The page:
From 1847 to 1857 if we believe Wikipedia, the City of Orlando was known as Jernigan, after the original settler of the area, Aaron Jernigan. No one calls Orlando Jernigan today.
In 1916 if a shooting had happened in an Orlando bar, reporters would have likely called those people Americans, or maybe fruit pickers or orange grove owners since the town then was the hub of the local orange growing industry.
Today the options for journalists are primarily gay or Latino or Hispanic or Puerto Rican (since many of the victims were from Spanish-speaking backgrounds).
So why has the public so identified those killed in the tragic events of Sunday morning with the LBGT movement? I get it. The those injured and killed were in a gay dance club. But even in CNN’s list, the news agency remains silent about the victims’ sexual orientation or identity.
And yet, Christian leaders have expressed the need for believers to show solidarity with or sympathy for gays and lesbians. Anglican archbishops released this statement:
After Sunday’s attack in Orlando as Christians we must speak out in support of LGBTI people, who have become the latest group to be so brutally targeted by the forces of evil. We must pray, weep with those affected, support the bereaved, and love without qualification. The obligation to object to these acts of persecution, and to support those LGBTI people who are wickedly and cruelly killed and wounded, bereaved and traumatised, whether in Orlando or elsewhere, is an absolute call on our Christian discipleship.
In a similar vein Russell Moore issued this statement:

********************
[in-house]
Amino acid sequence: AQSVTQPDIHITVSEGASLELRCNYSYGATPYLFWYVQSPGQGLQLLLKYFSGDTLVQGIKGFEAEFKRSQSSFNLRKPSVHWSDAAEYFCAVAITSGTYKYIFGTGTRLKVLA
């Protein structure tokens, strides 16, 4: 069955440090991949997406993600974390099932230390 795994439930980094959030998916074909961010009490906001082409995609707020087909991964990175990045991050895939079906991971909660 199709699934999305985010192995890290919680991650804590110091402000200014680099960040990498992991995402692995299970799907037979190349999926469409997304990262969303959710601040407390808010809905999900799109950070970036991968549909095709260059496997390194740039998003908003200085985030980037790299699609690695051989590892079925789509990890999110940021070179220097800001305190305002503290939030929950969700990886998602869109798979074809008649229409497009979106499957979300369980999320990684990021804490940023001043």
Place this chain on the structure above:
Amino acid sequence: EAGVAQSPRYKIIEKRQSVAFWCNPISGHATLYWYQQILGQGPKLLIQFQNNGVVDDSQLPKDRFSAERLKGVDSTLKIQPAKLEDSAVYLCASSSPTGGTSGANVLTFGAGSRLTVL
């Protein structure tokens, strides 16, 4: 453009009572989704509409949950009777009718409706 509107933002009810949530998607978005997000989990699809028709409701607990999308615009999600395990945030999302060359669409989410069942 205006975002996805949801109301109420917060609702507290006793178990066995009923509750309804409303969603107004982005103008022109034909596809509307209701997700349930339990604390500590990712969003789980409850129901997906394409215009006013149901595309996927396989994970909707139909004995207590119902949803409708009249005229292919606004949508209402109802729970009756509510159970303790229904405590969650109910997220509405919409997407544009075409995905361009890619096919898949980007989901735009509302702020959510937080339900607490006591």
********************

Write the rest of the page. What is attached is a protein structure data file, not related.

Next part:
Let’s call our congregations to pray together. Let’s realize that, in this case, our gay and lesbian neighbors are likely quite scared. Who wouldn’t be? Demonstrate the sacrificial love of Jesus to them. We don’t have to agree on the meaning of marriage and sexuality to love one another and to see the murderous sin of terrorism.
Meanwhile, Noah Millman asks good questions about the American public’s attempts to make sense of these shootings. He argues that narratives about Islam, homosexuality, guns, and mental illness do not provide an adequate basis for crafting the proper policy response.What I find striking about this story is the way it reveals how impoverished our national identity is. Once upon a time, mainstream news agencies (think Walter Cronkite) and federal authorities (think John F. Kennedy) bestowed a collective identity upon Americans. Aaron Sorkin celebrates the power of these institutions in his shows News Room and West Wing. But Sorkin is being nostalgic. The 1960s disrupted American national identity and for good reason. The United States was not a place that felt like home to African-Americans. Women, the sexually repressed, and Vietnam War protesters joined in exposing the limits of national identity to unify Americans. Other sources of the self, personal ones, superseded national identity.
Lo and behold, evangelicalism contributed to this politicization of identity when born-again believers insisted that their religious identity was more basic than their national one. The logical consequence of this insistence was the Moral Majority of the Religious Right. Believers who were citizens could not carry out their civic responsibilities apart from their religious convictions.
The result of these political identities is the very fractured society we now have where LBGT persons cannot identify with evangelicals and evangelicals (generally) cannot abide homosexual politics or transgender bathrooms. The press mainly regards the former as victims of the latter’s morality.
What should we do? If everyone could simply identify as American, the one thing that these people have in common, would that help? Do we need more people to become fans of Jed Bartlet and Will McAvoy? I myself have my own set of reservations about the nation-state and particularly about the United States’ foreign policy. So a renewed patriotism doesn’t appear to be in the cards. But as long as people think about sexual orientation or religious conviction as trumping national identity, interpreters of events like those in Orlando will sound arbitrary.